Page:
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Jan 7, 2021

®esearch: Akari Lamps

Nothing can kill a room's good energy faster than BAD lighting. We've all experienced it. Walking into someone's place and feeling like you just stepped into a Walgreens. You hate to see it and even worse, it's hard to pay attention because you are trying not stroke out on account of all those lumens. Kelvins kill. 

We can read your mind: "OMG is my home poorly lit? How do I make my home lit in a good way? When you hear someone say it’s lit, are they referring to their home’s interior lighting?"

We've been conducting some deep ®esearch on interior lighting and are proud to share with you our latest learnings.

We recently discovered the work of American/Japanese artist and designer Isamu Noguchi.

The Akari lamps (or lighting sculptures) have a really nice vibe to them. Like a friendly, illuminated ghost that hangs out with you in your living room vibe. The lamp itself has established a huge following and has a long history:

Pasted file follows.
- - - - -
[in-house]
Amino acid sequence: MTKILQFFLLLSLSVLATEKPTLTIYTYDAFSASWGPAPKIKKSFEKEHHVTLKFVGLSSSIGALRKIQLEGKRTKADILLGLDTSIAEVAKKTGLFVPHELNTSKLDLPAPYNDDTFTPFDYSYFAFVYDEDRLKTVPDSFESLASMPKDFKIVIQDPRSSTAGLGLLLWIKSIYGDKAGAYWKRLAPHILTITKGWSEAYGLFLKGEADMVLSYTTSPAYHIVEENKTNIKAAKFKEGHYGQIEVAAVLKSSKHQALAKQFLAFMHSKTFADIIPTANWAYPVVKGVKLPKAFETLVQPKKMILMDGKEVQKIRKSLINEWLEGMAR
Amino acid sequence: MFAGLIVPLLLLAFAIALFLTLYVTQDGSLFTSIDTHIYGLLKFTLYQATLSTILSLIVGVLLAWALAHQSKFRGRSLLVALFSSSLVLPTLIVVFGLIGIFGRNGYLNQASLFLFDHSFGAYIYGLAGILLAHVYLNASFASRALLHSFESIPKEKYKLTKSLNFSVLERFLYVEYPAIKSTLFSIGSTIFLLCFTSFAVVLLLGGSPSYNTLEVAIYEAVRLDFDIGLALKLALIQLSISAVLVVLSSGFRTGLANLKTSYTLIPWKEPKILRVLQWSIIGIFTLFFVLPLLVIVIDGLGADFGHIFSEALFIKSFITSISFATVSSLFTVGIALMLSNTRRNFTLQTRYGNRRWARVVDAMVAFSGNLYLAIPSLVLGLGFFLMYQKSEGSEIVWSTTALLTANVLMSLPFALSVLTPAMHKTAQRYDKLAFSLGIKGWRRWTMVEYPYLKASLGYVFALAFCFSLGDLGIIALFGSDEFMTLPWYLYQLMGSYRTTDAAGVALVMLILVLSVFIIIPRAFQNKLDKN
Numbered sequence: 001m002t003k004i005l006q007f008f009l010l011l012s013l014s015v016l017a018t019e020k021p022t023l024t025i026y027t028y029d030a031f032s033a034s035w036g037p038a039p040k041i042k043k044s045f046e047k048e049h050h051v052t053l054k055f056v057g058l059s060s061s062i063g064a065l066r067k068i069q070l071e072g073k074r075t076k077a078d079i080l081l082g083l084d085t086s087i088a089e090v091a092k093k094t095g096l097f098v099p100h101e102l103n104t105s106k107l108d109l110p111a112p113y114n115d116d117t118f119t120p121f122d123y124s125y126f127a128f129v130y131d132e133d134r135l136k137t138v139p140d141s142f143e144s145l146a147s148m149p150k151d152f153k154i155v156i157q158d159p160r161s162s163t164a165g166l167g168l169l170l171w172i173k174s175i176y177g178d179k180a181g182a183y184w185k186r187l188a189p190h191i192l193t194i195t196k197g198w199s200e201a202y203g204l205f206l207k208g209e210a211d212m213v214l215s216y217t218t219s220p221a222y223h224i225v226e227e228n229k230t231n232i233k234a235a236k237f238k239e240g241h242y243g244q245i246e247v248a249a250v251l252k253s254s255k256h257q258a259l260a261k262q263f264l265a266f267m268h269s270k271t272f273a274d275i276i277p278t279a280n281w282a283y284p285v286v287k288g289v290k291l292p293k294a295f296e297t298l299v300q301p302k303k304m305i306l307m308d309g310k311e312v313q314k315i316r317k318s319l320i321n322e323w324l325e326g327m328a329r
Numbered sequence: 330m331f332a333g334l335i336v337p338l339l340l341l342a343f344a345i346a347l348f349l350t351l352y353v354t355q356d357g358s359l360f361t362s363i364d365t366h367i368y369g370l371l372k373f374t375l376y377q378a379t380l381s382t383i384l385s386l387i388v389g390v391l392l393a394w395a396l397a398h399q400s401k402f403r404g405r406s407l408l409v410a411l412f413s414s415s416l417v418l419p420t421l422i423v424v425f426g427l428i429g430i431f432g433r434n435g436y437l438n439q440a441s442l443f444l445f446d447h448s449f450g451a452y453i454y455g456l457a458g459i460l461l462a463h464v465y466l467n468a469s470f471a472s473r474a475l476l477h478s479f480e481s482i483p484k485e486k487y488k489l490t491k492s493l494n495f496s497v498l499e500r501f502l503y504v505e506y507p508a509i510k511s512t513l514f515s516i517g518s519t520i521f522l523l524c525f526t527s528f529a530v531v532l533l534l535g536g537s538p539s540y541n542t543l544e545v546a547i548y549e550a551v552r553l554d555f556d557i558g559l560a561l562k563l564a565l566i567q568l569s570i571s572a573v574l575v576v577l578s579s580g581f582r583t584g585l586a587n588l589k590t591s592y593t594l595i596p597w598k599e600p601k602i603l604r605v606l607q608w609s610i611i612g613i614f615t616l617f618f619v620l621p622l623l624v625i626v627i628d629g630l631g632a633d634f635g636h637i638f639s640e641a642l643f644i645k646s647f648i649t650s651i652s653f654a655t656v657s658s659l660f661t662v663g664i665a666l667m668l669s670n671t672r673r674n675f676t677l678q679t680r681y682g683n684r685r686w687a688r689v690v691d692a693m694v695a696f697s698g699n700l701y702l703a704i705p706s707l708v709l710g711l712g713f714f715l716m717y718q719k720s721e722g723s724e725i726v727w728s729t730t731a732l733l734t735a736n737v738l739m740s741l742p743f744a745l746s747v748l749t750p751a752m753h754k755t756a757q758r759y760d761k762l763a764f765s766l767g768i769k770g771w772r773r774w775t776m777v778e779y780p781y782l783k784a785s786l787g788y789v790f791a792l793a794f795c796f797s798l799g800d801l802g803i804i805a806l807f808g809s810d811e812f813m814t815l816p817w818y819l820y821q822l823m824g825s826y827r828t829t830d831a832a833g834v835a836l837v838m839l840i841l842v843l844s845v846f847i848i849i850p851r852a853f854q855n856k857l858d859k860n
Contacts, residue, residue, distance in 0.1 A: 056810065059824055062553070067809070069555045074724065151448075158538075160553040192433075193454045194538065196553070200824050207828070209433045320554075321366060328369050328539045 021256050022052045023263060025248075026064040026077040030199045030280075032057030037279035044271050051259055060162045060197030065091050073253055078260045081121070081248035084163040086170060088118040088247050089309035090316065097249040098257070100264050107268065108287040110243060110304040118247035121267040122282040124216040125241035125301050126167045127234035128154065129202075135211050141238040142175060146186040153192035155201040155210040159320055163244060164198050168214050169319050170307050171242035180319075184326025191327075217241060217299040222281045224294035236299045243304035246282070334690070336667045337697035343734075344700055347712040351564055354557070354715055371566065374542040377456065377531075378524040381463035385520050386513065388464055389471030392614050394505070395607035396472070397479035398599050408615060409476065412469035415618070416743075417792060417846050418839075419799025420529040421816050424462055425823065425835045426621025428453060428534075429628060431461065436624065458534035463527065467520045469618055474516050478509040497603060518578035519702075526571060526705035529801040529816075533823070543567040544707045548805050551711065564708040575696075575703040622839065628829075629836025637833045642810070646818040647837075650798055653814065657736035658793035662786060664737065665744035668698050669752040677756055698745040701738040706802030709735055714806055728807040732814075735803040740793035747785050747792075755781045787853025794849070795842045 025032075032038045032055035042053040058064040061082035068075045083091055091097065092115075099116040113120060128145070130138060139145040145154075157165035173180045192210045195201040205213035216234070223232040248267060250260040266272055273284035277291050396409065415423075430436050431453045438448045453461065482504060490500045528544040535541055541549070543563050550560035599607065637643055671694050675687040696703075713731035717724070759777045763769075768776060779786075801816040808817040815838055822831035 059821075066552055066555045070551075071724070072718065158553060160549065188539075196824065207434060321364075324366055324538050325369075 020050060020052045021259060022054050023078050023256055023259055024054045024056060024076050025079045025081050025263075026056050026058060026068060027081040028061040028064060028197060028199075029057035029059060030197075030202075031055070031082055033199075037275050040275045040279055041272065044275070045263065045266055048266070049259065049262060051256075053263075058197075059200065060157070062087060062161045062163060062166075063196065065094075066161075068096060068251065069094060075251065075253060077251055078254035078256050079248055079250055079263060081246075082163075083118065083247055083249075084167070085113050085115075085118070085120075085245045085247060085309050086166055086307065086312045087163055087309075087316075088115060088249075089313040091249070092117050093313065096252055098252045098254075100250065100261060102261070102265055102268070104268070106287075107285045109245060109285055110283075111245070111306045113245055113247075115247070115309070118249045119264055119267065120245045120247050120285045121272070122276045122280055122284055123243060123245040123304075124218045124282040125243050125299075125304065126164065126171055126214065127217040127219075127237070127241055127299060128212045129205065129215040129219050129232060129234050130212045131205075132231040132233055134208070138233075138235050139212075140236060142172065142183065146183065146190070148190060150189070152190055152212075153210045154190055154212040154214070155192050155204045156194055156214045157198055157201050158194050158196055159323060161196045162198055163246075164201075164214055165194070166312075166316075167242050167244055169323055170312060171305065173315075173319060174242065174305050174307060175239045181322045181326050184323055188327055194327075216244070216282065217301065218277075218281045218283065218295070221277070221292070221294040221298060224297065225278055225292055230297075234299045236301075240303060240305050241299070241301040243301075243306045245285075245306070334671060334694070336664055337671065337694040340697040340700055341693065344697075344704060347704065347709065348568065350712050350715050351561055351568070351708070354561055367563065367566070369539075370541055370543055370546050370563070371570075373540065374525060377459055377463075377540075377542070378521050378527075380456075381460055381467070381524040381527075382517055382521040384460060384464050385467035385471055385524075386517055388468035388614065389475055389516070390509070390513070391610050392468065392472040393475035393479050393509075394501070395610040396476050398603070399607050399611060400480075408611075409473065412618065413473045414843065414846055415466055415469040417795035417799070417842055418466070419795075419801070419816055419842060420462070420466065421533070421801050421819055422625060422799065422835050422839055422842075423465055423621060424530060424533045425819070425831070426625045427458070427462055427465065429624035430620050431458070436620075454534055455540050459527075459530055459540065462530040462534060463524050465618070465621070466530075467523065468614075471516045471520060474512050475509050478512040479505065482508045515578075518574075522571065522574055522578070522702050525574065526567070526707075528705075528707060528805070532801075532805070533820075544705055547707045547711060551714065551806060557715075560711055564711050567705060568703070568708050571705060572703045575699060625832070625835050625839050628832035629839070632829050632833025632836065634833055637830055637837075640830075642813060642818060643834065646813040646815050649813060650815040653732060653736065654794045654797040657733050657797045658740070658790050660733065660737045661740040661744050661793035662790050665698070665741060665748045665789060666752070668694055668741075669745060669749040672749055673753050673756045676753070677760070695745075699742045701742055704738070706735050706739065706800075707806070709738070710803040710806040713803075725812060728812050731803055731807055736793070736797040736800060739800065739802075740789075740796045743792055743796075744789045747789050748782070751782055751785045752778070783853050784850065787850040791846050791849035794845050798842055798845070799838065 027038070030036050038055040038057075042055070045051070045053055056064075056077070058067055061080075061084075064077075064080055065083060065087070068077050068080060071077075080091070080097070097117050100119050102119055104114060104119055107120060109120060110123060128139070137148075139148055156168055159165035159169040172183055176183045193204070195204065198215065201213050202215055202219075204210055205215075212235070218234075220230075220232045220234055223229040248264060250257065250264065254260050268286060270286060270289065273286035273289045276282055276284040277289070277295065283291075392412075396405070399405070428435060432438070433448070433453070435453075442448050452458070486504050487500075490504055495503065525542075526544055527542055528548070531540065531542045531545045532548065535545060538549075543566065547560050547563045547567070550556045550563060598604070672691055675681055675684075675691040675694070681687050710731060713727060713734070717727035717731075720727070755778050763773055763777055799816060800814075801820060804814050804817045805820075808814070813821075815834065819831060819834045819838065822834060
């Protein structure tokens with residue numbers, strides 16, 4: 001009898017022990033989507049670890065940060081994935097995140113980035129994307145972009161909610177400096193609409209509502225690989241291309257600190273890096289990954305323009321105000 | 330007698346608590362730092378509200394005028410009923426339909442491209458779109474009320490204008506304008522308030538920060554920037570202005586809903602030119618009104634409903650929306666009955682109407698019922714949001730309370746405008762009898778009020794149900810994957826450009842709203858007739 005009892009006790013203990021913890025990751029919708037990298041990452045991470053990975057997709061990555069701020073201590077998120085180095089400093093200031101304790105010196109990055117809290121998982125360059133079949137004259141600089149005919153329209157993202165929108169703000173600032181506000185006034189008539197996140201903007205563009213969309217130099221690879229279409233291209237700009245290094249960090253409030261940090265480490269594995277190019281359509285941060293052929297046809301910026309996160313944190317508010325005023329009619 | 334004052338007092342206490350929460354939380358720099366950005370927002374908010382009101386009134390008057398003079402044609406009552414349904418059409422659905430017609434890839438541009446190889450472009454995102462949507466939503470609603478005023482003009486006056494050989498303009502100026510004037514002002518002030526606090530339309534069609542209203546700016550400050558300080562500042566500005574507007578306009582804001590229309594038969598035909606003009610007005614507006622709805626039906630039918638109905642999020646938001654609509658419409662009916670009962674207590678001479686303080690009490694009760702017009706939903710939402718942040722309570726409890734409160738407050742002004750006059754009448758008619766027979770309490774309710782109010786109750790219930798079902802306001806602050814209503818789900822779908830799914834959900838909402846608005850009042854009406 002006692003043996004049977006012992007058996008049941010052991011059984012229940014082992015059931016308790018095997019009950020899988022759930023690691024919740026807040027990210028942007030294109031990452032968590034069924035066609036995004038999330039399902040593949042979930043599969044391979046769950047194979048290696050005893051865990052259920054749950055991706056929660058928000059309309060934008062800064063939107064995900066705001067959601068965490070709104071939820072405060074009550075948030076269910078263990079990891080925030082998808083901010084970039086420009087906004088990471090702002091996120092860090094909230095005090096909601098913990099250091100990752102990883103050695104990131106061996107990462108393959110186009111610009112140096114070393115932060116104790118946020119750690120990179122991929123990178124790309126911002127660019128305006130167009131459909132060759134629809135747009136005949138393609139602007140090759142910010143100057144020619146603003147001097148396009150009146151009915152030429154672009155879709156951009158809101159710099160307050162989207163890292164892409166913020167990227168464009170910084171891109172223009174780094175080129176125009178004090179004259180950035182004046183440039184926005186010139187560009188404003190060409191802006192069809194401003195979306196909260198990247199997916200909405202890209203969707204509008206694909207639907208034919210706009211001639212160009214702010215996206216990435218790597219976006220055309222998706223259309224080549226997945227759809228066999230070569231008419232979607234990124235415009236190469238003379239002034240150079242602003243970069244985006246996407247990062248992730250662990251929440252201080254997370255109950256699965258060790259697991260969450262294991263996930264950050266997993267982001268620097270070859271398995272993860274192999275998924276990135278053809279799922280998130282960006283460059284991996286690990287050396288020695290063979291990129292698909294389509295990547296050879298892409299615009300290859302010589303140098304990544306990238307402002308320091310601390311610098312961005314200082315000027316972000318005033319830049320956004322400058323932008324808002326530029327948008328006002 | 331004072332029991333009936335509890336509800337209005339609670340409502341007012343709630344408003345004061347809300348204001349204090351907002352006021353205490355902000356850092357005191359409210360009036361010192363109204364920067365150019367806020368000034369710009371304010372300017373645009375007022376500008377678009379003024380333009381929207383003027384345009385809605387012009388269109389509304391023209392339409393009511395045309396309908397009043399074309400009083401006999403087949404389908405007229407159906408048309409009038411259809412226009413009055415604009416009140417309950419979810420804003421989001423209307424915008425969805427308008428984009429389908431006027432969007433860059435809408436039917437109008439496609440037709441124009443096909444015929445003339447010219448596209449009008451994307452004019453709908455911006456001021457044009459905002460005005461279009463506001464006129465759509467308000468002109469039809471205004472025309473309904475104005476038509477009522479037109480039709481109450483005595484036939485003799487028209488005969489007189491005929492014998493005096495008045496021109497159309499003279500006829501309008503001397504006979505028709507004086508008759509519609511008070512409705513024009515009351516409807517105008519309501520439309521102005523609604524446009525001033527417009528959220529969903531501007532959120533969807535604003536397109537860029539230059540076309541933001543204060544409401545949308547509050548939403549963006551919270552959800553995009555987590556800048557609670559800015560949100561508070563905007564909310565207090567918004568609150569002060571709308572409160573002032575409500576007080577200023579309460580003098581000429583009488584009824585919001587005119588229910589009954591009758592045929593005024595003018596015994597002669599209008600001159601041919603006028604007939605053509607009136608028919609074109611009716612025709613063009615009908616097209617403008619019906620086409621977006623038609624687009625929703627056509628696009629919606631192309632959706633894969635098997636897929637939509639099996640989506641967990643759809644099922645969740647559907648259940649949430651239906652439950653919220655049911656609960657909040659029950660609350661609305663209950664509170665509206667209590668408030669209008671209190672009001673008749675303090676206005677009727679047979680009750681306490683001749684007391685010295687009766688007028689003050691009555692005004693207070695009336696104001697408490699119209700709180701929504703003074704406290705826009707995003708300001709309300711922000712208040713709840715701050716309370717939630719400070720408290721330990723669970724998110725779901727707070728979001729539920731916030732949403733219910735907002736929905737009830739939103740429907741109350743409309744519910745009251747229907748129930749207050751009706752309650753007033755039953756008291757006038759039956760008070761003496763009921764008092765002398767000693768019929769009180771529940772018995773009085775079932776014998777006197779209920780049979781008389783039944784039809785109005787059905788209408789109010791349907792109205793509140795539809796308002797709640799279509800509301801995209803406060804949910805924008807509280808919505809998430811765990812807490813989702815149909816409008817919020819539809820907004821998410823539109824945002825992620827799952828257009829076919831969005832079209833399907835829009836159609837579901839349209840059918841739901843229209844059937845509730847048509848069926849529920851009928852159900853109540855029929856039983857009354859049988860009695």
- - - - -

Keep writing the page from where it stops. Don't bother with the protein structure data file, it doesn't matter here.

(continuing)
In 1951 Isamu Noguchi visited the town of Gifu, Japan, known for its manufacture of lanterns and umbrellas from mulberry bark paper and bamboo. Noguchi designed the first of his lamps that would be produced by the traditional Gifu methods of construction. He called these works Akari, a term meaning light as illumination, but also implying the idea of weightlessness.
The picture above is the Akari UF3-Q. Like all Akari, the lamp is created from handmade washi paper and bamboo ribbing. The lamps have been made in the same place in Japan since 1951.

Noguchi said that Akari are "poetic, ephemeral, and tentative." I want to feel that way about a lamp in my home. I NEED to feel that way about a lamp in my home

Learn more about Akari here or check out this super ambient, ASMRiffic video of an Akari lamp being made

Other acceptable options for interior lighting include this Hay Marselis floor lamp and just about anything from Schoolhouse Electric.